Since the extra frames remain the same as successive models are compared to the test input and since the same noise models are used for the successive word models, the cost values associated with different warp paths through the entry extension region can be calculated once as illustrated in FIG. 8 and then stored in a table as designated by reference character 89. The stored values can then be used as cost values for entering the main warp matrix area at different locations during the match calculations for all of the different vocabulary models which are to be considered. In the exit extension warp region 88, a reverse time warp is performed as illustrated in FIG. 9, i.e. starting from the upper right hand corner, to provide costs associated with exiting the main warp region 86 at different locations. These values are also stored in the column table as indicated by reference character 90. As is understood by those skilled in the art, the same values are obtained whether the path is calculated in the forward or reverse direction.

As indicated previously, the cost values associated with traversing the extension warp regions are calculated based on the finely gradiated sequences of frames and states. The fine sequences are then compressed as illustrated in FIG. 10 and the cost values are normalized to compensate for the greater number of frames and states traversed during the time warping in the extension regions. We take two samples from the ten frames preceding the initial endpoint by choosing every fourth sample going from the proposed endpoint towards the start of the extra ten frames. Similarly, in the extra ten frames following the terminal endpoint, we choose every fourth sample going from the proposed endpoint towards the end of the extra ten frames--this gives two samples after the proposed terminal endpoint. We then use the corresponding samples from the normalized, finer noise distances column in DM2.

The compressed test input with compressed extension regions can then be time warped against the compressed reference token as illustrated in FIG. 11. In doing the time warp, the locations considered are preferably constrained to a corridor so as to reduce the total number of calculations substantially. In the embodiment illustrated, the corridor provides, for each state, column a window which encompasses plus and minus three frame positions from the shortest path diagonal. The best score obtained from this time warping will thus allow for or accommodate some error in the endpointing performed by the preprocessing and provide a more accurate measurement of the degree of match between the unknown input and the respective vocabulary word model.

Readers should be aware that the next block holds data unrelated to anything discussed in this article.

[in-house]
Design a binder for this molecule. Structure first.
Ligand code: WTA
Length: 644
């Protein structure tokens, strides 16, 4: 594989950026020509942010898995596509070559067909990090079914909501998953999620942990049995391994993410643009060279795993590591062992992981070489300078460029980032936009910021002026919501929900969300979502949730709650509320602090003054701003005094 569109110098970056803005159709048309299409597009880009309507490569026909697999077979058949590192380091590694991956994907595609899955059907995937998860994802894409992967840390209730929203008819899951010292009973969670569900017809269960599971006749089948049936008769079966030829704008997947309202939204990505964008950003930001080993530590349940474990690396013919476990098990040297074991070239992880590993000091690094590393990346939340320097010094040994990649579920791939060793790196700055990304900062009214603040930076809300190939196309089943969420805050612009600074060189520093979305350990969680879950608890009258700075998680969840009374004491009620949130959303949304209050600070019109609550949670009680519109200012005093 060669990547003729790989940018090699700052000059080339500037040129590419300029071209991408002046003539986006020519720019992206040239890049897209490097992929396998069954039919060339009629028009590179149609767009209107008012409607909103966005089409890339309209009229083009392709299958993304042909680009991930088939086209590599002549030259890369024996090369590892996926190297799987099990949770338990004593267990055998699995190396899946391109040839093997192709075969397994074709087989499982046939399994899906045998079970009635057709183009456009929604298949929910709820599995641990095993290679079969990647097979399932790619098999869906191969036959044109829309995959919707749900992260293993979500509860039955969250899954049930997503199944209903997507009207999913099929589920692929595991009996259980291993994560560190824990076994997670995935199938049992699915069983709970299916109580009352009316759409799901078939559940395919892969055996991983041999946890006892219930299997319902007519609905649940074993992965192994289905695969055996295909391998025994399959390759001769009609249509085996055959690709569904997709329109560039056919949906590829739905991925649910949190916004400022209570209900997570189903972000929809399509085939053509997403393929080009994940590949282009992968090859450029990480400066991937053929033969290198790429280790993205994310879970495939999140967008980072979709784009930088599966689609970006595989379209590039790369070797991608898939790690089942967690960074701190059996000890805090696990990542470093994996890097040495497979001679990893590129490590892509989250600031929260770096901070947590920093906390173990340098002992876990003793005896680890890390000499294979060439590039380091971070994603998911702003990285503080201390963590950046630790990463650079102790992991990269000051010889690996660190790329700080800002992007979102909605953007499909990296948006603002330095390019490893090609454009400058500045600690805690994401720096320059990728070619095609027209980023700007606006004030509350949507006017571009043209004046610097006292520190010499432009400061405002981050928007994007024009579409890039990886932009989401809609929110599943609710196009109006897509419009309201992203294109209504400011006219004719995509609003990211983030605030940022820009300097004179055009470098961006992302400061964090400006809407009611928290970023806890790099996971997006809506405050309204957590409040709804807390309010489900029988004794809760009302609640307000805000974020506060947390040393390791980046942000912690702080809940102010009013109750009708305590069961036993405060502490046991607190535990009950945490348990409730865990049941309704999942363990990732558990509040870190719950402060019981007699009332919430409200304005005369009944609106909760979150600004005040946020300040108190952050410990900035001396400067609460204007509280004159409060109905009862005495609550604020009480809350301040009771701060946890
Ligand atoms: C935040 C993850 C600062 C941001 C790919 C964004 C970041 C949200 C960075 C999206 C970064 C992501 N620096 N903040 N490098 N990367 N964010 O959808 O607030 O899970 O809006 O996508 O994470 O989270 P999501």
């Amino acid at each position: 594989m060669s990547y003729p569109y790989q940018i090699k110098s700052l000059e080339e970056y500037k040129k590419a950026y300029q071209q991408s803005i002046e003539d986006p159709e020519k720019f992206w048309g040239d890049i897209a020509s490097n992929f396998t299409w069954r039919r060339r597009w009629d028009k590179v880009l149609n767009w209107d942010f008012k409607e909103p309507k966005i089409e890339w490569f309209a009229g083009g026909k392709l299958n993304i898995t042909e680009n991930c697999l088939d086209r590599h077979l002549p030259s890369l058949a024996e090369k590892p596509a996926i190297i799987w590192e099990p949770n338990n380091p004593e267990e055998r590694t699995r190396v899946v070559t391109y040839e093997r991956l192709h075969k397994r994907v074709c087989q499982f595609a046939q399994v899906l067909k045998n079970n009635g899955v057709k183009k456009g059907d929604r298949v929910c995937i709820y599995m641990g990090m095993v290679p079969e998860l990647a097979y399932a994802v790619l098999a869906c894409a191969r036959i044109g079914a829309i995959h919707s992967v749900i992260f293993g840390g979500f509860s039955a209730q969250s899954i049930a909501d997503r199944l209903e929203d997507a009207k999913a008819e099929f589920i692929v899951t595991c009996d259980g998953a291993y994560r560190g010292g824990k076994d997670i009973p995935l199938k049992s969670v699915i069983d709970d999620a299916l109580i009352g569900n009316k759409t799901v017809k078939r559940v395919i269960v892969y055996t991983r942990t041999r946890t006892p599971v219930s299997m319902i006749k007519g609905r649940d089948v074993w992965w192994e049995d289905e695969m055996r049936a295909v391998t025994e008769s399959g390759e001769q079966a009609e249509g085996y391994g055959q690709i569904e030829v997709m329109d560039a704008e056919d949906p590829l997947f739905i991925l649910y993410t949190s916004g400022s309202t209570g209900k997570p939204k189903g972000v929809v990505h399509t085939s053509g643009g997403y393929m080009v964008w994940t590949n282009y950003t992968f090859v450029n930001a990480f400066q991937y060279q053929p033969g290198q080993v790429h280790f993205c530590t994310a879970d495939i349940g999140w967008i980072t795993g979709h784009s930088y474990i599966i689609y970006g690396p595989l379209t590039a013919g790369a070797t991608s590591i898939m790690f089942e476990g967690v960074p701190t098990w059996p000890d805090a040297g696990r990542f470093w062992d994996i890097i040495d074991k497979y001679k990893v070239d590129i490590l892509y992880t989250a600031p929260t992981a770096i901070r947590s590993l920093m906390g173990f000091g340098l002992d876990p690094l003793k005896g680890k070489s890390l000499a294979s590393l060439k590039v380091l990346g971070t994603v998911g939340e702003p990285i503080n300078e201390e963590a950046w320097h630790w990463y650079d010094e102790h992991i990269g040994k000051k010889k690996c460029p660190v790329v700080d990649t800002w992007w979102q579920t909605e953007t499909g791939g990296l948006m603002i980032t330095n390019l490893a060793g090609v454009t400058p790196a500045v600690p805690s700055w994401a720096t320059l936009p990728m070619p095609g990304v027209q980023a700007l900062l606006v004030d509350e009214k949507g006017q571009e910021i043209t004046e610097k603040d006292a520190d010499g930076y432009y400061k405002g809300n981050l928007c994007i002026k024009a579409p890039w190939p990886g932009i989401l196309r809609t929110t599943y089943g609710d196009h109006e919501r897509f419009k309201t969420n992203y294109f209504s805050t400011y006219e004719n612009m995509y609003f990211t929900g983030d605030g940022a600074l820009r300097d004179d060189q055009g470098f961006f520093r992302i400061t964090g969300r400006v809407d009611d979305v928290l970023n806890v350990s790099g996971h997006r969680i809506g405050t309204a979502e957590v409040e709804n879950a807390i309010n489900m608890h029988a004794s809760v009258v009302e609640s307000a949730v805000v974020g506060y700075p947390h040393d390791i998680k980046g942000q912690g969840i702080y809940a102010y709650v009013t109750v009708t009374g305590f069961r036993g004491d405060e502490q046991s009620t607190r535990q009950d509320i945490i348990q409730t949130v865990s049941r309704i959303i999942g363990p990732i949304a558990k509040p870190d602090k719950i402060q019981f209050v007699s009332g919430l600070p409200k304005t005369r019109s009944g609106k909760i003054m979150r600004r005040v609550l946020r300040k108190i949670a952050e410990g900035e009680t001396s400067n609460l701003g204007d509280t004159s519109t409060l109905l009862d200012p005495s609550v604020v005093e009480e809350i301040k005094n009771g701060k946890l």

As indicated earlier, this second distance measuring function DM2 is utilized twice in the overall system to improve initial screenings by the faster distance measuring function DM1, each of the distance measuring functions being applied initially to the collection of models which represent partitions and then to members of the better scoring partitions. Though the selection process thus involves multiple stages, the stages are gradiated in accuracy with the earliest screenings being performed by the fastest functions. Further, to the extent that the screening functions do not produce accurate results, it is the direction of allowing less likely candidates to exhibit better scores rather than worsening the scores of likely candidates and thus overall speed of selection is markedly improved while incurring minimal risk that the best or any good candidate will be eliminated inappropriately.

In view of the foregoing it may be seen that several objects of the present invention are achieved and other advantageous results have been attained.

As various changes could be made in the above constructions without departing from the scope of the invention, it should be understood that all matter contained in the above description or shown in the accompanying drawings shall be interpreted as illustrative and not in a limiting sense.

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Classifications
U.S. Classification704/252, 704/255, 704/E15.014, 704/241
International ClassificationG10L15/08, G10L15/12, G10L15/28, G10L15/00
Cooperative ClassificationG10L15/08, G10L2015/085
European ClassificationG10L15/08